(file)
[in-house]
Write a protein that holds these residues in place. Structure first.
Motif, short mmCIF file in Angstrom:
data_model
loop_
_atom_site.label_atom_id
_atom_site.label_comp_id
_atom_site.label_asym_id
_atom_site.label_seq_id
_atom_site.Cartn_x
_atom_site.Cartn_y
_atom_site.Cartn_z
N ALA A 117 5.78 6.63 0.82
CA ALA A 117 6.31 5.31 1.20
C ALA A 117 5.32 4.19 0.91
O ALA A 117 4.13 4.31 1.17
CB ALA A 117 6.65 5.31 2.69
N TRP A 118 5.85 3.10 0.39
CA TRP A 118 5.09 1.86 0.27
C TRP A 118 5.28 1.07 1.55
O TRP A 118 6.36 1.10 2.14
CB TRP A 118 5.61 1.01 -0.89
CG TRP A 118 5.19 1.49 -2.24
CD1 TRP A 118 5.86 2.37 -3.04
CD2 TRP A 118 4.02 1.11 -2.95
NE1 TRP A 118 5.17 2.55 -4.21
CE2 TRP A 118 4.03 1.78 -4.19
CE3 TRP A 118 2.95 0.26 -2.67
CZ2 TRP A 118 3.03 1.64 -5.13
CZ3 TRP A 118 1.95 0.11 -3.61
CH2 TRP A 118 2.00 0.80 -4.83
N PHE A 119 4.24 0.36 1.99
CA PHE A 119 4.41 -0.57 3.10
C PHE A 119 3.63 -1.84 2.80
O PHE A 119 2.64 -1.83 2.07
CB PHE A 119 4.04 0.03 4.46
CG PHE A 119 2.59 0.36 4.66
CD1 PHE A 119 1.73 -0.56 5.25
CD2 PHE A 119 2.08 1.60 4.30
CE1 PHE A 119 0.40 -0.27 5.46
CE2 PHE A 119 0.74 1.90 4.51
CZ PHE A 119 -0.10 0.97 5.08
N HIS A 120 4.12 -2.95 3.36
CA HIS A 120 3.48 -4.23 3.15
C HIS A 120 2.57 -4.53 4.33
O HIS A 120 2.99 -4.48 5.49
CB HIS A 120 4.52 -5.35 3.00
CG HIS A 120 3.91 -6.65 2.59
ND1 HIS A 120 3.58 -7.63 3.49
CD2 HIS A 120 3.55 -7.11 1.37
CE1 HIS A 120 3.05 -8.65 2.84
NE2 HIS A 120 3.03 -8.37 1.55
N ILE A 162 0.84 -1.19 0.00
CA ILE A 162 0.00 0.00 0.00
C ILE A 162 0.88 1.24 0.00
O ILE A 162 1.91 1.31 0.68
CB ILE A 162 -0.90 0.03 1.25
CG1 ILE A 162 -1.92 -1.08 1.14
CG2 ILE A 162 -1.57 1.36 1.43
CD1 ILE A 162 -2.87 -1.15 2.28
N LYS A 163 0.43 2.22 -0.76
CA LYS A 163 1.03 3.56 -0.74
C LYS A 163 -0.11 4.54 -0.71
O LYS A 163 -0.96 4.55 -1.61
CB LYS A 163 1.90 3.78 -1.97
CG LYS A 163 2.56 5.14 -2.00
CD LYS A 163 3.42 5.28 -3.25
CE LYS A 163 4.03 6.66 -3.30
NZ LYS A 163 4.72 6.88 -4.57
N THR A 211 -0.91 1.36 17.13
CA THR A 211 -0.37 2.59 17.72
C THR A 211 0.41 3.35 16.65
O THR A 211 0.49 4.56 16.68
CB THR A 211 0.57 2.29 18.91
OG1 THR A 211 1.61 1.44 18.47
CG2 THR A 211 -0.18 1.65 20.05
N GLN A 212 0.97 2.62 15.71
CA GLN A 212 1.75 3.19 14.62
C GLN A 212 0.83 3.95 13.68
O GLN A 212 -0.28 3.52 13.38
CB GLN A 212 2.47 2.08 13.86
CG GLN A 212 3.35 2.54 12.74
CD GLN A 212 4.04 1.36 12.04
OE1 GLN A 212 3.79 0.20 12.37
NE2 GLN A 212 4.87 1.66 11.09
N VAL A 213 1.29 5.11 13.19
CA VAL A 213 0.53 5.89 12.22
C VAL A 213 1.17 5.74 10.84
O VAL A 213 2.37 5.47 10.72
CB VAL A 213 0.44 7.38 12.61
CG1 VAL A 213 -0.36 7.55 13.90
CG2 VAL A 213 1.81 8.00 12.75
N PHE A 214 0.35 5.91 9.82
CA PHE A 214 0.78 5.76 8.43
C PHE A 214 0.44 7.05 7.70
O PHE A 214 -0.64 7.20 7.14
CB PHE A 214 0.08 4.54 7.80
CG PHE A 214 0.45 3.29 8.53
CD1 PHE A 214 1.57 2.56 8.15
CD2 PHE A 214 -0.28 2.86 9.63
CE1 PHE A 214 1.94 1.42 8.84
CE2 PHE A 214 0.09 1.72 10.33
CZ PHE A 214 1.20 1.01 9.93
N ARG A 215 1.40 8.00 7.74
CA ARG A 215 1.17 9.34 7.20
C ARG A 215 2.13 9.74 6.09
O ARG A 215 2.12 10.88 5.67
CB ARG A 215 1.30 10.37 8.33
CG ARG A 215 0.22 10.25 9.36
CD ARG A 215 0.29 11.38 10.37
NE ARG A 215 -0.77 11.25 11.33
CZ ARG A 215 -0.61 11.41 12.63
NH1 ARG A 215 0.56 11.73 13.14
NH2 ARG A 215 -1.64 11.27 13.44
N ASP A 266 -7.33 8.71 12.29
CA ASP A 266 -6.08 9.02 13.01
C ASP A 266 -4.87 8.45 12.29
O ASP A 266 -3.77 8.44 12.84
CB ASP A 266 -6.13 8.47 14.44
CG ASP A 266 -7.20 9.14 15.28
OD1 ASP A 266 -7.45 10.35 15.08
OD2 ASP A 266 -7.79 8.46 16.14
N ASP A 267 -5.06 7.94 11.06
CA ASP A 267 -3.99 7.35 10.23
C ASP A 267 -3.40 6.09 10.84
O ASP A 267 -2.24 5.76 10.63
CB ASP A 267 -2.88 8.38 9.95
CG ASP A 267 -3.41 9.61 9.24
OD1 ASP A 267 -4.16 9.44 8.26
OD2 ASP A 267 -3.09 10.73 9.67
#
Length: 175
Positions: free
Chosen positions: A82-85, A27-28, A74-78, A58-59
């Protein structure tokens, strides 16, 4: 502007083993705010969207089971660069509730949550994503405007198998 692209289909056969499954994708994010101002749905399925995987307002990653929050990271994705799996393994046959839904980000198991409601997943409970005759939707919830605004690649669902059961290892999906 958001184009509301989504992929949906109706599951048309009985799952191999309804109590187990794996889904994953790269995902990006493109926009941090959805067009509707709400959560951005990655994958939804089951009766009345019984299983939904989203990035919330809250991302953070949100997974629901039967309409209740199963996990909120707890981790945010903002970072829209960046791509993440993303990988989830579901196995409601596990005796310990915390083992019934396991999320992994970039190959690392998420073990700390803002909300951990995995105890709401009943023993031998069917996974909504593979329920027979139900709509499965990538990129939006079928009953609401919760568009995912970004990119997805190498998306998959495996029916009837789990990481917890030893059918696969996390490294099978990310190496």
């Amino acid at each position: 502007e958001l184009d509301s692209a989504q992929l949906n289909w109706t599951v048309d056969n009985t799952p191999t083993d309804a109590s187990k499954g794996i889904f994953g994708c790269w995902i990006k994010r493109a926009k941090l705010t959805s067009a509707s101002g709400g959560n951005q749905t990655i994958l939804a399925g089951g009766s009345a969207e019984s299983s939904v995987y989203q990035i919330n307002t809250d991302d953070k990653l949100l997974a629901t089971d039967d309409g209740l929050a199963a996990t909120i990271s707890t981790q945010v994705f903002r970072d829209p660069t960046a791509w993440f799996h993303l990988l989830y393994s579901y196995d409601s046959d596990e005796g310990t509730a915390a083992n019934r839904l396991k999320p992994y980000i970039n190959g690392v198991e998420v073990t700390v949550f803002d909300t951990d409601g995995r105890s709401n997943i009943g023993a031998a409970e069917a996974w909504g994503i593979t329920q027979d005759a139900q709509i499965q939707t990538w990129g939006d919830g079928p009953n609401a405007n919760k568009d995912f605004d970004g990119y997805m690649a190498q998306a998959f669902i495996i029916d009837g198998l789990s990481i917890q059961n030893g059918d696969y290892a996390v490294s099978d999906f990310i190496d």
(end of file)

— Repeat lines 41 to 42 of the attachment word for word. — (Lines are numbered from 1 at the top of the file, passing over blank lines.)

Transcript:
CE2 PHE A 119 0.74 1.90 4.51
CZ PHE A 119 -0.10 0.97 5.08